5.2 ph stabilizer

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HughBrooks

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Anyone ever use the 5.2 PH stabilizer by five star? I was looking in to it and was not sure exactly how you use it. I am brewing a 5.5 gallon all grain batch. WHat woulp I add to the water? I am using 9.3 gallons of water total for a 6.29 gal boil volume.:mug:
 

Edcculus

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The instructions say add 1 tbl per 5 gallons LEAVING the kettle. I put the powder in with my crushed grain. That way, I know it will mix in evenly.
 

BigEd

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A few questions:

Why do you think you need to use it?

Do you have a water report?

Have you made water ion adjustments to your brewing water?

The pH issue is only part of the process. Unless you have some really off the wall brewing water it can probably be adjusted with some additions of common brewing salts like calcium sulphate, calcium carbonate and calcium chloride. That insures you have enough of the required ions, especially calcium, in your mash. Once these are balanced for the beer style the mash pH will fall into place. :mug:
 
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HughBrooks

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I have all the other stuff like gysum, calcium carbonate and all that stuff but from what I understand you dont need to worry about all that stuff when you use the stabilizer. I am just tryin to make the process easy as possible.
 

scinerd3000

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i use the stuff also. Add it to the water and your good to go. keeps ph in range
 
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HughBrooks

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hey scinerd3000 when you add to your water do you add 1 tblspn even if you use 9 gallons total water for a 5 gal. batch?
 

Labrat

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For a 5 gallon batch just add 1 tablespoon to the mash water. It readily dissolves and since it is a buffer it achieves pH 5.2. This stuff is great and has become a staple in my routine. Before I used it my efficiency was inconsistent. With it I consistently achieve above 80% (Corona mill).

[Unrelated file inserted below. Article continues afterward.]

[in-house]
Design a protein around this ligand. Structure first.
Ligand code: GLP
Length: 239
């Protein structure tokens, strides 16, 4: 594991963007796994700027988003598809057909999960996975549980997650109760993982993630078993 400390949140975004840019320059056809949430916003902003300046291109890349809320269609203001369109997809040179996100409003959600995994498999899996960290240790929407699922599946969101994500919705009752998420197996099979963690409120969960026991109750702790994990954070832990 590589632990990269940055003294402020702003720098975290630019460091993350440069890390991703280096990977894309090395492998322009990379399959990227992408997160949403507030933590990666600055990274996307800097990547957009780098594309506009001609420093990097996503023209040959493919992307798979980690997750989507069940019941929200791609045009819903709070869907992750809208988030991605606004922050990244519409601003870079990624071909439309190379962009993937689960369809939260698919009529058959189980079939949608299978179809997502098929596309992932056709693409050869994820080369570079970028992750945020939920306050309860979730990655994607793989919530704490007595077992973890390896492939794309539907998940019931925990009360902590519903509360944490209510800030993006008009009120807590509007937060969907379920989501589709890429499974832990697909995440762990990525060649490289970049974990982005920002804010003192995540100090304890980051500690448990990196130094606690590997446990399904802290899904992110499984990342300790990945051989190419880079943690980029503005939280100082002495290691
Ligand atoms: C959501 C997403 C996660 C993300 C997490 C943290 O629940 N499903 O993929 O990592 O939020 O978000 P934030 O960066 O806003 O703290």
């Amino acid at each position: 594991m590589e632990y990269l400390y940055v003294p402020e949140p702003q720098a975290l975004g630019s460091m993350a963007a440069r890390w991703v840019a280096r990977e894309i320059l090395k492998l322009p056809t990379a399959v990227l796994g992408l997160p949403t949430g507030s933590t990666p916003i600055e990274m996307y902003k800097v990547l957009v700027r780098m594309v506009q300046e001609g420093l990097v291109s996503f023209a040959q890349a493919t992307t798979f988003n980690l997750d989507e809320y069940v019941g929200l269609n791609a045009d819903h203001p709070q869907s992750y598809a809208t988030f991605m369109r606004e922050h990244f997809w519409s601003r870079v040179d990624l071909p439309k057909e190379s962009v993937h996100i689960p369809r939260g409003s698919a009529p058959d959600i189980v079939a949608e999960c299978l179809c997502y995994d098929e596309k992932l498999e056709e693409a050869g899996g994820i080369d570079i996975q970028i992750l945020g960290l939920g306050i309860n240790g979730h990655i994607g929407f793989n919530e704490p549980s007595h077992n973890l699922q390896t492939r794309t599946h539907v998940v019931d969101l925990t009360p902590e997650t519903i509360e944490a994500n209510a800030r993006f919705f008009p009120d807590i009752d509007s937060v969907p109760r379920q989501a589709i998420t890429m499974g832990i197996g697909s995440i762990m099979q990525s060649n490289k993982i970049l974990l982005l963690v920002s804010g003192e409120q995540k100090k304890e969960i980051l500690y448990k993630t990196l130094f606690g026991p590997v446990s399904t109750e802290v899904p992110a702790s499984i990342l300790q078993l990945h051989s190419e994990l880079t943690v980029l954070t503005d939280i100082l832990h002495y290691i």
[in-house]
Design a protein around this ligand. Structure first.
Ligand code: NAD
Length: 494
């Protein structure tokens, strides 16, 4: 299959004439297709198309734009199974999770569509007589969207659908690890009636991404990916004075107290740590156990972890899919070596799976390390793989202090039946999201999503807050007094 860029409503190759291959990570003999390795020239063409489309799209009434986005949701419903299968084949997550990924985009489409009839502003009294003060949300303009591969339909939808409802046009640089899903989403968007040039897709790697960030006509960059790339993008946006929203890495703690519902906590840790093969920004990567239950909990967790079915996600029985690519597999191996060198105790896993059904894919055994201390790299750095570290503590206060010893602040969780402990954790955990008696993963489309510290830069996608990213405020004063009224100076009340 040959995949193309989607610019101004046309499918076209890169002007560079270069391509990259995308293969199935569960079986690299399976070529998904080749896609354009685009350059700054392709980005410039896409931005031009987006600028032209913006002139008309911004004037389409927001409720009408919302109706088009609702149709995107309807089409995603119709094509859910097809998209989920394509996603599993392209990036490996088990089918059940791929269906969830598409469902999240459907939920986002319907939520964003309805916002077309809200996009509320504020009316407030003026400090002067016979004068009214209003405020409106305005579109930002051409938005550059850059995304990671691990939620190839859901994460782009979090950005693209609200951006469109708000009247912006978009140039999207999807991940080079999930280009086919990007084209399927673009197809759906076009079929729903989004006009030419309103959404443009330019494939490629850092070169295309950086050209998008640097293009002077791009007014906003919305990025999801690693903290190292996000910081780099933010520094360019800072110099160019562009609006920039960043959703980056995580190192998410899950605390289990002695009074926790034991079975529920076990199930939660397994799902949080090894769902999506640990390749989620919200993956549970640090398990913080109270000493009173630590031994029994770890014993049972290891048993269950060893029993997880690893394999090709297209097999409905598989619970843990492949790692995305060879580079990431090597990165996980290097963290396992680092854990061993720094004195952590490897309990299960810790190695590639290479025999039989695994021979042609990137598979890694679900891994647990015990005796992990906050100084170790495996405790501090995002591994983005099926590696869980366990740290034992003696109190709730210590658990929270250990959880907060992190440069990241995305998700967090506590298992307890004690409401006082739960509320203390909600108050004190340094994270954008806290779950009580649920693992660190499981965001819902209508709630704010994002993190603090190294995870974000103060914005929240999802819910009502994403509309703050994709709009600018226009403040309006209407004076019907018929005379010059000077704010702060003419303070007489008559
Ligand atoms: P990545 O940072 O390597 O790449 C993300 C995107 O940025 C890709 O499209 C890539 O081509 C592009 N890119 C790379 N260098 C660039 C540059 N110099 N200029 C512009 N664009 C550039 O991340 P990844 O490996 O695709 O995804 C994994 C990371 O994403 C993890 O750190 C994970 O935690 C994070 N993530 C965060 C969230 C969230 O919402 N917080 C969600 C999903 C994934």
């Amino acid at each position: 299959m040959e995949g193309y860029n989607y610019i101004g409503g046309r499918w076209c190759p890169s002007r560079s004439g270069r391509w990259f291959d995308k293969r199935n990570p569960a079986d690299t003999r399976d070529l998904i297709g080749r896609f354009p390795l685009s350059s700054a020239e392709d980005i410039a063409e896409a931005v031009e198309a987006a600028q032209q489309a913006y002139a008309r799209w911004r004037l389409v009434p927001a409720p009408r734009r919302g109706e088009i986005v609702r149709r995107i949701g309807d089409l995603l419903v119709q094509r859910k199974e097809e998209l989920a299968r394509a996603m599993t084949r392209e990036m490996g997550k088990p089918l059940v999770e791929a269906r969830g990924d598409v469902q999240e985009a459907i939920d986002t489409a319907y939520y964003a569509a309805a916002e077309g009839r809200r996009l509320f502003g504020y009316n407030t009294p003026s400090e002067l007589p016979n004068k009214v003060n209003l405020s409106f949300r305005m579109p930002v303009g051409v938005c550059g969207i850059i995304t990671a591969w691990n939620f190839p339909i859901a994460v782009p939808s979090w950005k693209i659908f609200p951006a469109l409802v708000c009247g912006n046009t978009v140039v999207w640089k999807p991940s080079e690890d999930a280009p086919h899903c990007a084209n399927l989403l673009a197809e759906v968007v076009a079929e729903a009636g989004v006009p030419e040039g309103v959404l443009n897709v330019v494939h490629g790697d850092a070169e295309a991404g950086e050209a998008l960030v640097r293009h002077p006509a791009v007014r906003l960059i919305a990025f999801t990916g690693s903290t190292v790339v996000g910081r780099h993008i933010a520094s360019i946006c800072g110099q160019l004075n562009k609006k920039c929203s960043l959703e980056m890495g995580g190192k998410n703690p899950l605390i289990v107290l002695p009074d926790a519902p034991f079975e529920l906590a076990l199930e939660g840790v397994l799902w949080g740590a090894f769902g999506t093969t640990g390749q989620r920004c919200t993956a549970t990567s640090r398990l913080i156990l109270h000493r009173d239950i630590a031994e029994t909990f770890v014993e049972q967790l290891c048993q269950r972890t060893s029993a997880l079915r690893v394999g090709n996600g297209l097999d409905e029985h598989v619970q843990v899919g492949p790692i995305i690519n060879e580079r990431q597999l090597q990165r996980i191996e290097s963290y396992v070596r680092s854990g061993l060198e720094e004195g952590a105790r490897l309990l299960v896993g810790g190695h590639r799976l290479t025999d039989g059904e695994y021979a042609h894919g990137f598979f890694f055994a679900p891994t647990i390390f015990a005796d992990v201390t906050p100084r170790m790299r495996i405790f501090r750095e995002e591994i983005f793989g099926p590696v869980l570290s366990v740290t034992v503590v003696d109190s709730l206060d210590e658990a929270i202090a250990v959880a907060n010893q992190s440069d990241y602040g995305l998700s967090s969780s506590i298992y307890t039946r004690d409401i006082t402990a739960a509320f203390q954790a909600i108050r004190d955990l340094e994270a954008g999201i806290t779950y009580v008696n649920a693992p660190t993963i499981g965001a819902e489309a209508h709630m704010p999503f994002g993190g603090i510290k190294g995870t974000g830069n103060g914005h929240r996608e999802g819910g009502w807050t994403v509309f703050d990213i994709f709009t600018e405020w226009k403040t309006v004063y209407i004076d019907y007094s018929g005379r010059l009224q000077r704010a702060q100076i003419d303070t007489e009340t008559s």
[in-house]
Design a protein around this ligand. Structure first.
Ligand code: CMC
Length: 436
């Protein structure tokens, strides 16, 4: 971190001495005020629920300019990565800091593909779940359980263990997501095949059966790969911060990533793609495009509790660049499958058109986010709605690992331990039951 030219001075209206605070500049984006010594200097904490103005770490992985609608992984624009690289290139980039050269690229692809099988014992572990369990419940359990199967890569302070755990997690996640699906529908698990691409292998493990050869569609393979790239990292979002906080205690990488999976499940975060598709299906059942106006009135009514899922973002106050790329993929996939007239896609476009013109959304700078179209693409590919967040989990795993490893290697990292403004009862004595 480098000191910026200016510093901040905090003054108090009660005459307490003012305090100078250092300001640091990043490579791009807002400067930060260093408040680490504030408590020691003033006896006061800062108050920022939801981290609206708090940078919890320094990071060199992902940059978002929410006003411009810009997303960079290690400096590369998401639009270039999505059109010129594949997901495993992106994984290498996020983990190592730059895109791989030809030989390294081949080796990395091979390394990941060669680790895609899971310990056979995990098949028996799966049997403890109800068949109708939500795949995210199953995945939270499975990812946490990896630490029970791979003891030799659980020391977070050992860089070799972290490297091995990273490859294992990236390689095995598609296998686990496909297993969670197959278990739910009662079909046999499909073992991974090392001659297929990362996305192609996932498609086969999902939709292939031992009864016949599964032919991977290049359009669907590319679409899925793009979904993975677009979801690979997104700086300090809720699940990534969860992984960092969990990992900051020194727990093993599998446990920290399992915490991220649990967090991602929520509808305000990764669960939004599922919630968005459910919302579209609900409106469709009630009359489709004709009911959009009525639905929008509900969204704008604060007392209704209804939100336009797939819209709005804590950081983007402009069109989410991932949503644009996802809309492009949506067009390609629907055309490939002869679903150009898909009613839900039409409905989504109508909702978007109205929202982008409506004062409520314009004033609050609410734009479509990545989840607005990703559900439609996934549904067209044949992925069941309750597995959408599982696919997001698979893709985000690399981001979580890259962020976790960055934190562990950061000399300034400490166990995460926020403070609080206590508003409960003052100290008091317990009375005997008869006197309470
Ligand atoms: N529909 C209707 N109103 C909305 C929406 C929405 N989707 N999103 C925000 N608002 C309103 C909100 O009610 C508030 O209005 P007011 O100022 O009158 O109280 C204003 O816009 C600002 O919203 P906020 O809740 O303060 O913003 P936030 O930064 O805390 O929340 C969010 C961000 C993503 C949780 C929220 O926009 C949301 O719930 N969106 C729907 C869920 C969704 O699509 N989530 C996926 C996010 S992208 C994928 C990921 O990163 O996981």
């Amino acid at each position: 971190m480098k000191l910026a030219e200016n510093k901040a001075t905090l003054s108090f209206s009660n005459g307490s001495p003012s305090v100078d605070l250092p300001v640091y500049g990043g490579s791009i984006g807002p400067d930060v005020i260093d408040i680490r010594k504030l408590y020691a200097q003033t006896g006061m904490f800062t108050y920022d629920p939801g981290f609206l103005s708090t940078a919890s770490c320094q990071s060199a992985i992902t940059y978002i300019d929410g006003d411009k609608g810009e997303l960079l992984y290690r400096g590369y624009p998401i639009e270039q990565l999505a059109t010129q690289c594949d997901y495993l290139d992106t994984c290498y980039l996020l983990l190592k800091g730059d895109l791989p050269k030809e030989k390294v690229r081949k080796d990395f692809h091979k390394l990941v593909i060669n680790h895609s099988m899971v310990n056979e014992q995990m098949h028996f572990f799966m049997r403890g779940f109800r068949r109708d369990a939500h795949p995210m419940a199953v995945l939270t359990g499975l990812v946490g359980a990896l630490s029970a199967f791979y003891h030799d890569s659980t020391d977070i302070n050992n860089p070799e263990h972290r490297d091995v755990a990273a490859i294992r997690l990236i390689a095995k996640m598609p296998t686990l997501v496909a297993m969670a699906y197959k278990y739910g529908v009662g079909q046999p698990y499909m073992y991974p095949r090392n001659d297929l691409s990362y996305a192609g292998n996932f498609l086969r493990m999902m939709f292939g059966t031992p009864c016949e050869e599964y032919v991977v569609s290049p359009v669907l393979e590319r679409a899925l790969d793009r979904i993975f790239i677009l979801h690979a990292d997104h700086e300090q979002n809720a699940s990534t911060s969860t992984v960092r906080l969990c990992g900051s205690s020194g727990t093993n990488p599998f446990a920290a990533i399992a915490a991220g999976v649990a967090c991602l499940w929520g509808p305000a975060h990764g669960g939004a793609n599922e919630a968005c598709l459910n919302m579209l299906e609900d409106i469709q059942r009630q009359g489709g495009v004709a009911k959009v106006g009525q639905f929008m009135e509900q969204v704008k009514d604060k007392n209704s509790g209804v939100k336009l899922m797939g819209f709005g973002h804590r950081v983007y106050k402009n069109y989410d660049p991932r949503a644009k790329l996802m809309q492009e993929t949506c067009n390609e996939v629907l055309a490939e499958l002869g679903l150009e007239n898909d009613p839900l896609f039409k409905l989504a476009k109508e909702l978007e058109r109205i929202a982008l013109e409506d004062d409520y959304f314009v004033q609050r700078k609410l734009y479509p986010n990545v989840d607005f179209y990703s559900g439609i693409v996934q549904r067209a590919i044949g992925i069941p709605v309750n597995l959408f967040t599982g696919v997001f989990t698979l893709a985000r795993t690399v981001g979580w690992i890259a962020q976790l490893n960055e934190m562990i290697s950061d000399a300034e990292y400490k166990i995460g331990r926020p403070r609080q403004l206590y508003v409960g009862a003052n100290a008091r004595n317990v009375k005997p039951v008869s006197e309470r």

annasdadhockey

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For a 5 gallon batch just add 1 tablespoon to the mash water. It readily dissolves and since it is a buffer it achieves pH 5.2. This stuff is great and has become a staple in my routine. Before I used it my efficiency was inconsistent. With it I consistently achieve above 80% (Corona mill).
I added it to my mash AND my sparge water. I figured the sparge water could change the pH of the mash while sparging, possibly extracting tannins.
 

BigEd

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I have all the other stuff like gysum, calcium carbonate and all that stuff but from what I understand you dont need to worry about all that stuff when you use the stabilizer. I am just tryin to make the process easy as possible.
I was trying to make the point that simply forcing the pH of the mash into the comfort zone with a buffering agent does not mean that you have done everything necessary for the beer. Yes, the product will regulate the pH, however, if your mash is deficient in calcium or you don't have any sulphate content in a hoppy ale the beer isn't going to reach its' potential. :mug:
 

Dr_Deathweed

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I was trying to make the point that simply forcing the pH of the mash into the comfort zone with a buffering agent does not mean that you have done everything necessary for the beer. Yes, the product will regulate the pH, however, if your mash is deficient in calcium or you don't have any sulphate content in a hoppy ale the beer isn't going to reach its' potential. :mug:
+1

Our water here in a little funky in its minerals (like a bicarb level of 400ppm and a high sodium with low Ca and Mg) So I end up using 2/3 RO water and 1/3 tap. I add a little gypsum to bring the Ca and SO4 up a bit and a little 5.2 in the mash (especially with lighter beer) since even diluted I have a high bicarb level...